It can be hard sometimes to remember that a wedding day is special for everyone there, even if you are not involved or know the guests, it is still a special day, and every wedding/event should be treated in that way

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    well said. I've had a situation once where the groom's parents had hired a photographer who was a major pain (constantly disrupting my shots, etc., I'd been hired by the bride and groom themselves). Wasn't nice, they didn't want to upset their parents by sending the guy packing. Eventually he did move to the background after a quiet chat with someone.
    – jwenting
    Jan 18, 2012 at 6:23

Set and Enforce Expectations

My experience of shooting weddings is limited, but I have never had a problem with guests getting in the way. On the contrary, I find that guests are very respectful of me (or whoever is the official photographer).

If there is a problem, I find that simply asking respectfully but confidently is enough to get things moving again.

A couple of ideas:

  • Discuss the issue with your clients during the planning stages
  • If there are any problems on the day, address the crowd and say something like: "I need 10 minutes to get these shots, then you can have your turn".
  • You can increase engagement with any troublesome guests while getting them out of your way by saying "if you stand just over there, you'll get some great shots that I won't get, cos I'm over here"

On a practical note, putting something in a contract won't make it happen per se, but it might make the clients think about it so they're not totally surprised when you ask guests to move.

A suggestion for weddings: work smarter - get the ushers to do crowd control for you; it's what they're there for. (do you have ushers in the rest of the world? we have them in the UK, and they're very useful).

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    Oh yeah - hushers! We have those too!
    – Cullub
    Mar 18, 2015 at 16:57
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    Ushers are the "muscle" of the wedding party!
    – Michael C
    Feb 6, 2019 at 20:09

There was a tip I heard from a podcast (Photo Focus) that seems to work well in these situations. If the amateurs are getting in the way, have a game of sorts with them. Let them take as many pictures as they want for, say, a minute, then you take charge for a minute. When you are in charge, they aren't to be taking pictures. This will help keep any feelings from being hurt, but will still allow for you to get the shots you need.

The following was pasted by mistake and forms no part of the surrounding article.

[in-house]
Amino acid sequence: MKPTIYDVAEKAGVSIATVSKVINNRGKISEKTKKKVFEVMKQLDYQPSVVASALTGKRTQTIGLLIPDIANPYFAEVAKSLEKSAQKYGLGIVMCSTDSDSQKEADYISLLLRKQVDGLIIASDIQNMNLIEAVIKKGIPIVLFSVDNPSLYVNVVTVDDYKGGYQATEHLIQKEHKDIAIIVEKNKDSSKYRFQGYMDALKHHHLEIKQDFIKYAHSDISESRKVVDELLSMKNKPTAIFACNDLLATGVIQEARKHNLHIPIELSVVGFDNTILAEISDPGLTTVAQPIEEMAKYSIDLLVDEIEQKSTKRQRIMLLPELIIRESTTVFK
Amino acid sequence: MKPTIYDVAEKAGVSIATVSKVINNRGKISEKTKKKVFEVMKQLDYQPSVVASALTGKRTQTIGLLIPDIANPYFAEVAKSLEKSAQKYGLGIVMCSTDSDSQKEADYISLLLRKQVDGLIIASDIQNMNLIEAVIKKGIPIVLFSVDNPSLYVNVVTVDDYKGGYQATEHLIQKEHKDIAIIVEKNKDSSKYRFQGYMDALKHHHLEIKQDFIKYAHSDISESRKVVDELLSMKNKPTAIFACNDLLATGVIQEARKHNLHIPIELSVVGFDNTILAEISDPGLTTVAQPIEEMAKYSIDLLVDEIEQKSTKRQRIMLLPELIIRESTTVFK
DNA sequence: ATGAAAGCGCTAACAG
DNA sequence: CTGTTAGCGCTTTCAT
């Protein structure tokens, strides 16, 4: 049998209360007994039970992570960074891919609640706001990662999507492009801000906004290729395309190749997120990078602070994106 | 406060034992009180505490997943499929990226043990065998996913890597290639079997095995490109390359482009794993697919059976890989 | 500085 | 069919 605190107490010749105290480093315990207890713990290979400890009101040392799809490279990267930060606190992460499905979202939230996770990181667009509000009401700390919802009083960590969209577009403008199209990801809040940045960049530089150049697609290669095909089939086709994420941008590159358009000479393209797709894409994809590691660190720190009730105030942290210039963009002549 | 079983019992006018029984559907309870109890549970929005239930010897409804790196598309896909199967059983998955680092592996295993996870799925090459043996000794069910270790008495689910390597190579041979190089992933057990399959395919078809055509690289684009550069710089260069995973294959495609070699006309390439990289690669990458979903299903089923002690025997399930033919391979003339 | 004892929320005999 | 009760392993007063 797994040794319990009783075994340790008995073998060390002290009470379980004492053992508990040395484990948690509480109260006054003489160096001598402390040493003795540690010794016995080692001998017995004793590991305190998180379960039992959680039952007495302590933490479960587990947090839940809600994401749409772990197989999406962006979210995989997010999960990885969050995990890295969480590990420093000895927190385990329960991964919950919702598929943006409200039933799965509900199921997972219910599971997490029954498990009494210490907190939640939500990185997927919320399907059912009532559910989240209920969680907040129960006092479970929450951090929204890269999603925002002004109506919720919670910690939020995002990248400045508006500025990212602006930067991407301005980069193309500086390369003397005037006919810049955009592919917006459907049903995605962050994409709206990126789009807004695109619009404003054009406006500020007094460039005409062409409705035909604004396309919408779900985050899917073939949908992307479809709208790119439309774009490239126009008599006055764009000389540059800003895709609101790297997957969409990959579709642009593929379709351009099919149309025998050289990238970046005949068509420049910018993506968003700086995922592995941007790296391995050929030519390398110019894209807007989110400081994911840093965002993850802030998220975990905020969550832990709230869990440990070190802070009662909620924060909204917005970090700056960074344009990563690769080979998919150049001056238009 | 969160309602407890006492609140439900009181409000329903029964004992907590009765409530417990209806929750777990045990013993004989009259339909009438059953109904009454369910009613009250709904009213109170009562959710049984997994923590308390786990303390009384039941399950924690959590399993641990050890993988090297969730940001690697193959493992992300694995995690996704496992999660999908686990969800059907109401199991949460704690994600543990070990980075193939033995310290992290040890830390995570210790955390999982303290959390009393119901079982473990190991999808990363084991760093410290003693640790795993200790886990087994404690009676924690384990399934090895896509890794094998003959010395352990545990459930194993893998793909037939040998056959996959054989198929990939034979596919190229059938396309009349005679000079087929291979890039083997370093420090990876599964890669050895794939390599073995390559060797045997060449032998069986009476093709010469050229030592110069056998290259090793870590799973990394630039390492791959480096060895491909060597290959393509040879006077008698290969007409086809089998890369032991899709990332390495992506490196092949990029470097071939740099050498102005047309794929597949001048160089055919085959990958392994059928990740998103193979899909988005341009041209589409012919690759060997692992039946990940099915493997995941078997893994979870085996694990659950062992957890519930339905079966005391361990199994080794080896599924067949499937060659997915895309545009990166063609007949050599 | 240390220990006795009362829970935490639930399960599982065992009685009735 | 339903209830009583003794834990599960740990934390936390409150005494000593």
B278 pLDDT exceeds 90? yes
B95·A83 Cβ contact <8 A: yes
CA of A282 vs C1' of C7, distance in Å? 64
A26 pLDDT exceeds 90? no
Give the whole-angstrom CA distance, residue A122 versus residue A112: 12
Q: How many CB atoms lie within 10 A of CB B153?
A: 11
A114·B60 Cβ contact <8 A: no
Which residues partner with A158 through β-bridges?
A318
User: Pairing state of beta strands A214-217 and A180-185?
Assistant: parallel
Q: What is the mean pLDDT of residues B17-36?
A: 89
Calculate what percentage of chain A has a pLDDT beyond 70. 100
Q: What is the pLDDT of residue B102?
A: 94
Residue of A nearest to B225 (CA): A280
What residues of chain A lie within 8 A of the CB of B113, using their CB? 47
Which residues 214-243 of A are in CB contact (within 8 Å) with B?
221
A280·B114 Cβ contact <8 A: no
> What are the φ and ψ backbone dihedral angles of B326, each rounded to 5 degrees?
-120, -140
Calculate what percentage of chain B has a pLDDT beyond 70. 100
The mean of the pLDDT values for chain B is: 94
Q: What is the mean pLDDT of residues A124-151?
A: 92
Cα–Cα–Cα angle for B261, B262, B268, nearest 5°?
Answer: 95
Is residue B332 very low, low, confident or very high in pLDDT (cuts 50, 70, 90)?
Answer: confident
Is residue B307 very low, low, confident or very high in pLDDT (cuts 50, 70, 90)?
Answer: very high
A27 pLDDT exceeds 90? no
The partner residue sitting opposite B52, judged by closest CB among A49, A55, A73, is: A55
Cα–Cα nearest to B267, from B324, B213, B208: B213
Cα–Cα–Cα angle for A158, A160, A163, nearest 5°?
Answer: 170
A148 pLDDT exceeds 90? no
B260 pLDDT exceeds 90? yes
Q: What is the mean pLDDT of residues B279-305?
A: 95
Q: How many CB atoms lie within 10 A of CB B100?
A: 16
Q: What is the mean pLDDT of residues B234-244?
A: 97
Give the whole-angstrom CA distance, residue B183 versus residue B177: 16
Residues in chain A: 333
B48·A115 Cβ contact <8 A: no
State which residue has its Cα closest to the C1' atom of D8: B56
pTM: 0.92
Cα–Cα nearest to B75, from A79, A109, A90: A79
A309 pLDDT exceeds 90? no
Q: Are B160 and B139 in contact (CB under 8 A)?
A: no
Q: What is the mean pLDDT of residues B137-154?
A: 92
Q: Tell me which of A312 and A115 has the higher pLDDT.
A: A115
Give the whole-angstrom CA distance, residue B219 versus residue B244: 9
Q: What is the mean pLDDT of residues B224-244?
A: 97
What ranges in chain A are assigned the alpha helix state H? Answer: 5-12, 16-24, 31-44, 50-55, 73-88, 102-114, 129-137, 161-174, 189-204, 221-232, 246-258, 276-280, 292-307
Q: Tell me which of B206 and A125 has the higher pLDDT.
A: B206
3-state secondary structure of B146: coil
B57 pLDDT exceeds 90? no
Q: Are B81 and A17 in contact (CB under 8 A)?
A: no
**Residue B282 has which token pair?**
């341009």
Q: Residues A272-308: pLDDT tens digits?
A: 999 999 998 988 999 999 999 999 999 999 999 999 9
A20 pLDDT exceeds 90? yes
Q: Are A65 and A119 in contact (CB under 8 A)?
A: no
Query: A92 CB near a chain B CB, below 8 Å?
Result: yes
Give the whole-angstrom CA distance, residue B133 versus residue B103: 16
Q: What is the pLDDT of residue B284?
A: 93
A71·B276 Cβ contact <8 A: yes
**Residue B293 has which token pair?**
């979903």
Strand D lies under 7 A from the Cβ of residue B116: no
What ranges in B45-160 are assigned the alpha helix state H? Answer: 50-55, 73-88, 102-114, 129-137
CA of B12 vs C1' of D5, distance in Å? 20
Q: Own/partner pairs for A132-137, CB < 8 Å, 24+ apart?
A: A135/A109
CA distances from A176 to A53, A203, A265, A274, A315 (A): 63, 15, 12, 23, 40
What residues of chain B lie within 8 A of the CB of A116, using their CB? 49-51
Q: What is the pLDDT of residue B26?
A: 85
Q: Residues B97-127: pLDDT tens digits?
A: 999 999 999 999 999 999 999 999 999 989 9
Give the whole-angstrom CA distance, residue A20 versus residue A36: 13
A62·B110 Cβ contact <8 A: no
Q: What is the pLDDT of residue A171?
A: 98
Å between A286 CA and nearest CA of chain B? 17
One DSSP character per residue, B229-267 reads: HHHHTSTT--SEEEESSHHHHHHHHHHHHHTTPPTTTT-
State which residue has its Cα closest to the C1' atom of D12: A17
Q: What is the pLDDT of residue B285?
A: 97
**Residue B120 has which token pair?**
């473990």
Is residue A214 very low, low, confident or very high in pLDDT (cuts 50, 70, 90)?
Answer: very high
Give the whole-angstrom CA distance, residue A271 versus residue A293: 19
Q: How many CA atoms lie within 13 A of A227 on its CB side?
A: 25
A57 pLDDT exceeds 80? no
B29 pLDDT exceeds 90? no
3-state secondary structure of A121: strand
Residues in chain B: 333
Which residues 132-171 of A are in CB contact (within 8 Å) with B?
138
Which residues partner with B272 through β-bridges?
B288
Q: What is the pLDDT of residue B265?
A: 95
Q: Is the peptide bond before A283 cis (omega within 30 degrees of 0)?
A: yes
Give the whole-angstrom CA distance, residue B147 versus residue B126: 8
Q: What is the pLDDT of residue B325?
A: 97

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    What happens when a critical shot is in their minute?
    – rfusca
    Jul 25, 2011 at 14:58
  • Well, this applies for the pictures after. During the moment, the professional should have the power to move people around to get the shot. Jul 25, 2011 at 18:51

I'm not a professional photographer, but I do have this to say: In general, the primary concern here is interference with the pro's job. I did run into a professional photographer who had put up a sign requesting that no one else take photographs in the area, but I spoke with him and he said that as long you don't disrupt what he's doing, it's okay to take pictures.

Something like this in the contract would be a good idea (note that IANAL):

The Professional Photographer has priority in taking photographs at the event. Guests may take their own photographs at the event, as long as you take reasonable measures to ensure that such photography does not interfere with the Professional Photographer's activities. You understand that the Professional Photographer may request that guests yield to him/her, as necessary.